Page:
Linda Fairstein, Former ‘Central Park 5’ Prosecutor, Dropped By Her Publisher

Linda Fairstein, seen at an event in New York City in 2004, parlayed her fame as a prosecutor into a prolific run as a crime novelist.

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Paul Hawthorne/Getty Images

Linda Fairstein, the longtime New York City prosecutor turned prolific crime novelist, is no longer with her publisher after a firestorm of criticism erupted over her work in a famous — and recently dramatized — trial three decades ago.

Dutton, an imprint of Penguin Random House, confirmed to NPR that it and Fairstein “have decided to terminate their relationship.” A spokesperson for Dutton declined to offer any further details on the decision.

News of the abrupt separation comes two months after the publication of her latest novel, Blood Oath — and just days after the release of the Netflix-produced, Ava DuVernay-helmed miniseries When They See Us. The show dramatizes the notorious case in which authorities pressured five black and Latino teenagers into falsely confessing to a 1989 gang rape in New York City’s Central Park.

That case, which these days goes by the shorthand Central Park Five, resulted in convictions and years of prison time for the accused. Then, in 2002 another man confessed to the crime, and the five convictions were vacated after more than a decade. The city eventually settled a civil suit with the men for about $40 million, but the trial — and the media maelstrom that surrounded it — have lingered on as a stark example of racial injustice in the criminal justice system.

The case has inspired books, documentaries and, most recently, the Netflix project — which places Fairstein, who oversaw the case’s prosecution, at the heart of it. Fairstein’s character, portrayed by Felicity Huffman, serves as the miniseries’ “biggest villain,” as NPR critic Eric Deggans noted last week.

“In the Netflix show, she calls the Central Park Five ‘animals,’ pushing cops to coerce confessions and hold back evidence,” Deggans explained. “As the series shows, many years later convicted serial rapist and murderer Matias Reyes confessed that he raped [victim Trisha] Meili alone and DNA evidence found at the scene proves he was there. Still, Huffman’s Fairstein refuses to admit they may have railroaded the wrong people.”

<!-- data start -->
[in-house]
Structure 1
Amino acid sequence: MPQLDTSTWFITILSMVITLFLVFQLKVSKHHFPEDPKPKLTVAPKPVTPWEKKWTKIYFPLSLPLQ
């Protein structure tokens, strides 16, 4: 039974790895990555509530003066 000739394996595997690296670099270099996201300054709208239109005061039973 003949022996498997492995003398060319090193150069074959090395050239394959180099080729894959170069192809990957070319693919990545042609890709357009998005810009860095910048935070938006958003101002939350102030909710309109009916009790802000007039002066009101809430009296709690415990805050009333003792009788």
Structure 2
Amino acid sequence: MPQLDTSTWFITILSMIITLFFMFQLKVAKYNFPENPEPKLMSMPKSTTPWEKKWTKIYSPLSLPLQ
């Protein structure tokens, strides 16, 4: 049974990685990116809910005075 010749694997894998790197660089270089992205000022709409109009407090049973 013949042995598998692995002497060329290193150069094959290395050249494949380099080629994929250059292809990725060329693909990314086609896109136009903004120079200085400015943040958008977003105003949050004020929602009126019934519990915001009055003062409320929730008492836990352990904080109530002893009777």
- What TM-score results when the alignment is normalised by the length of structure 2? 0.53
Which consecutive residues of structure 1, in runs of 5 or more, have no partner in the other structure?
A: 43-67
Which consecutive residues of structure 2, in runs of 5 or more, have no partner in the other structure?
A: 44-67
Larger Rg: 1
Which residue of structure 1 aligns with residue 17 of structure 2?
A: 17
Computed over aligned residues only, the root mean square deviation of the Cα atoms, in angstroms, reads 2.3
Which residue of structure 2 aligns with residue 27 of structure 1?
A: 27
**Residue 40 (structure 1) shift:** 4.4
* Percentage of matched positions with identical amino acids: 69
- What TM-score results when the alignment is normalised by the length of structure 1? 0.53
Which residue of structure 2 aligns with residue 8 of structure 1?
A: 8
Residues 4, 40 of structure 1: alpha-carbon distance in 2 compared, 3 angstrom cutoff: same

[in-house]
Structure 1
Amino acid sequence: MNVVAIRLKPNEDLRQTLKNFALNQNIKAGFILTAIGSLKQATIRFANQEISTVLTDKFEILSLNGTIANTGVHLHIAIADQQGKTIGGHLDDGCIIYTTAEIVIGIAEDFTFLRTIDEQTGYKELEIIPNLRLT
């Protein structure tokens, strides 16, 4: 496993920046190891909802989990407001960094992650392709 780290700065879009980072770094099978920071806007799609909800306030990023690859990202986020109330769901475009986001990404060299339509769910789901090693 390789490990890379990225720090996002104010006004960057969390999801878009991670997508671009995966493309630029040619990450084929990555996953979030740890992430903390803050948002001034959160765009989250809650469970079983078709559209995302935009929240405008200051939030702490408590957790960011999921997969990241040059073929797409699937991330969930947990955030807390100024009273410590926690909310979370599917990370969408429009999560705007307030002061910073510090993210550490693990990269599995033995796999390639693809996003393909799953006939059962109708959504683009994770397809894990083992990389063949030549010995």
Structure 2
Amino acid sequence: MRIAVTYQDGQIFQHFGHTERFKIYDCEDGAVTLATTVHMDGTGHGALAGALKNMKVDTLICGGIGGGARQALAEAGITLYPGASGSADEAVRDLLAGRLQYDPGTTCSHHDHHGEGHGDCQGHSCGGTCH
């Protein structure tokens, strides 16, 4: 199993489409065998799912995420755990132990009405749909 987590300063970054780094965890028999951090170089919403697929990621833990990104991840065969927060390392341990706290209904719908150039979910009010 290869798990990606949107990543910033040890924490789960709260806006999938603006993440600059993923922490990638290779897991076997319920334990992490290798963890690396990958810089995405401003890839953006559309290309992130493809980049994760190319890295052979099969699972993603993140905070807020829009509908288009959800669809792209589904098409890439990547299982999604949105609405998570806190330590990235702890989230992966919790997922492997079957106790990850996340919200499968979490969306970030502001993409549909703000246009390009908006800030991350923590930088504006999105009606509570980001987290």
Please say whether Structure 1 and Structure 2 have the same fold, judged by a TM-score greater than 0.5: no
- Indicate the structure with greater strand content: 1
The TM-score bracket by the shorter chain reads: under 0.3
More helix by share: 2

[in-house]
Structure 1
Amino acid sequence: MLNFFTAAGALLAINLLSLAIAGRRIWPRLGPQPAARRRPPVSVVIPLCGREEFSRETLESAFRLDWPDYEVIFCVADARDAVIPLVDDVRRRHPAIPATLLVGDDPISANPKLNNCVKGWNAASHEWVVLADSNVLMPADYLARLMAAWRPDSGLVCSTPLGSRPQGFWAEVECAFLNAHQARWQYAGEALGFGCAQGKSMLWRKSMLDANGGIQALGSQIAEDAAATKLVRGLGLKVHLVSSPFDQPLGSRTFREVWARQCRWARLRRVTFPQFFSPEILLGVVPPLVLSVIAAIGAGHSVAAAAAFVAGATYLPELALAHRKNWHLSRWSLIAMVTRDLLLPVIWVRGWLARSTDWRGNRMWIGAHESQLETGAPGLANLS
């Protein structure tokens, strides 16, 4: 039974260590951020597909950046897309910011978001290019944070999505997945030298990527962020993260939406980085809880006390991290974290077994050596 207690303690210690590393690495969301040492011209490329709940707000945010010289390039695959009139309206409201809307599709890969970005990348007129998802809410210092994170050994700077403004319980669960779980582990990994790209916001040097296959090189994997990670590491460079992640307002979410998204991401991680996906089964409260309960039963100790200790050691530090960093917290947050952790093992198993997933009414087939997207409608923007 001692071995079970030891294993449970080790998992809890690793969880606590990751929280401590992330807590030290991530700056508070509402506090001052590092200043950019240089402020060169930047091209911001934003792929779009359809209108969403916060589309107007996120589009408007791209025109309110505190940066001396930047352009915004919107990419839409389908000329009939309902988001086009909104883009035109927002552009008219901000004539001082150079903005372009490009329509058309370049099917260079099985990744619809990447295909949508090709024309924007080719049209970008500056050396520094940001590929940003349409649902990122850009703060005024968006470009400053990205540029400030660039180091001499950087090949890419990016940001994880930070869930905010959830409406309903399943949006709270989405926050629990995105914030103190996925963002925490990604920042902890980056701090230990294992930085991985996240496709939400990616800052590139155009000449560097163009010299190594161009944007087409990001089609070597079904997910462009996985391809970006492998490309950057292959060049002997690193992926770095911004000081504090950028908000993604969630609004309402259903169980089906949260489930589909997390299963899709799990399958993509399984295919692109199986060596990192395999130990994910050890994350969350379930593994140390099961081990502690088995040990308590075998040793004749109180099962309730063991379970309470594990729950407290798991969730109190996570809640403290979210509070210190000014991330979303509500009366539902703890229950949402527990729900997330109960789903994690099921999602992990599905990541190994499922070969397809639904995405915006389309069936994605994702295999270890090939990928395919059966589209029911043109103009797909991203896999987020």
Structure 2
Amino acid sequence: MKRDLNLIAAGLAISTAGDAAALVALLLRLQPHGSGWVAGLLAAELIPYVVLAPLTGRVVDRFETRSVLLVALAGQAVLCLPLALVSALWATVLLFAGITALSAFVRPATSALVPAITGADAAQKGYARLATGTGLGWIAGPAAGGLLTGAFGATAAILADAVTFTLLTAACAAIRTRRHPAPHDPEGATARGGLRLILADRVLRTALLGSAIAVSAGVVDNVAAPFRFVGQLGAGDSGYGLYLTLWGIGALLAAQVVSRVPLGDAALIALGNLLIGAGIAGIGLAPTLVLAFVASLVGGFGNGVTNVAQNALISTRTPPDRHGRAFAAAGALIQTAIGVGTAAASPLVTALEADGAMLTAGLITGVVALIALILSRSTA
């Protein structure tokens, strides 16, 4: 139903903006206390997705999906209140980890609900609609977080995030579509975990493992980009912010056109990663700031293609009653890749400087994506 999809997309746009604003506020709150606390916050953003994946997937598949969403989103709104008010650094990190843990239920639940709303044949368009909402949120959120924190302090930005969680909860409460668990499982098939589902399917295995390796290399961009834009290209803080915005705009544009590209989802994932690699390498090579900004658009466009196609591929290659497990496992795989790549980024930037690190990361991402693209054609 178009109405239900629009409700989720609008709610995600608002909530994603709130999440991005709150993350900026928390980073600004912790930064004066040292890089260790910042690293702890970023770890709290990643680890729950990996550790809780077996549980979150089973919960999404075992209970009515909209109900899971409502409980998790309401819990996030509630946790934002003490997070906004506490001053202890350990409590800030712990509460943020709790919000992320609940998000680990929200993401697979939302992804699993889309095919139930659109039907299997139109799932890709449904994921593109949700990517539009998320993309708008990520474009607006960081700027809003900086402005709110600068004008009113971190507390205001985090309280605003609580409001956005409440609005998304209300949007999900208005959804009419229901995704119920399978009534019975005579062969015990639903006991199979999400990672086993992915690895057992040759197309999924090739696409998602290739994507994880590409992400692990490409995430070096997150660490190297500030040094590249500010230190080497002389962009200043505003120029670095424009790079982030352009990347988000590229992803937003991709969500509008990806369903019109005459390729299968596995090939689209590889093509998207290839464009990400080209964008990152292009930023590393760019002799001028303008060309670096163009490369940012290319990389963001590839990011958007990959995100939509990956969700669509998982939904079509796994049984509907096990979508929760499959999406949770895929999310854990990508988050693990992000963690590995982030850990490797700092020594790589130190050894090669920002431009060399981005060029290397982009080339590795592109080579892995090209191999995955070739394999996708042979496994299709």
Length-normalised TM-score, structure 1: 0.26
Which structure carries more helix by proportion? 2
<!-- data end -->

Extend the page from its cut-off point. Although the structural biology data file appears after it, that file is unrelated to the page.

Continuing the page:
Since the show’s release, controversy has tailed Fairstein, who left her career as a prosecutor to write full-time roughly a decade and a half ago. Since she picked up the pen in the mid-1990s, Fairstein has published more than 20 novels.

But it is her past life as a prosecutor that is haunting her. In the span of a week, she has been the subject of a petition calling for her removal from Vassar College’s board of trustees. She has resigned. A hashtag, #CancelLindaFairstein, has served as a popular vehicle for calls to boycott her books.

Glamour magazine, which named Fairstein the Woman of the Year in 1993, retracted that honor in a note to readers published earlier this week.

“Unequivocally, Glamour would not bestow this honor on her today. She received the award in 1993, before the full injustices in this case were brought to light,” the magazine’s editor-in-chief, Samantha Barry, wrote Tuesday. “Though the convictions were later vacated and the men received a settlement from the City of New York, the damage caused is immeasurable.”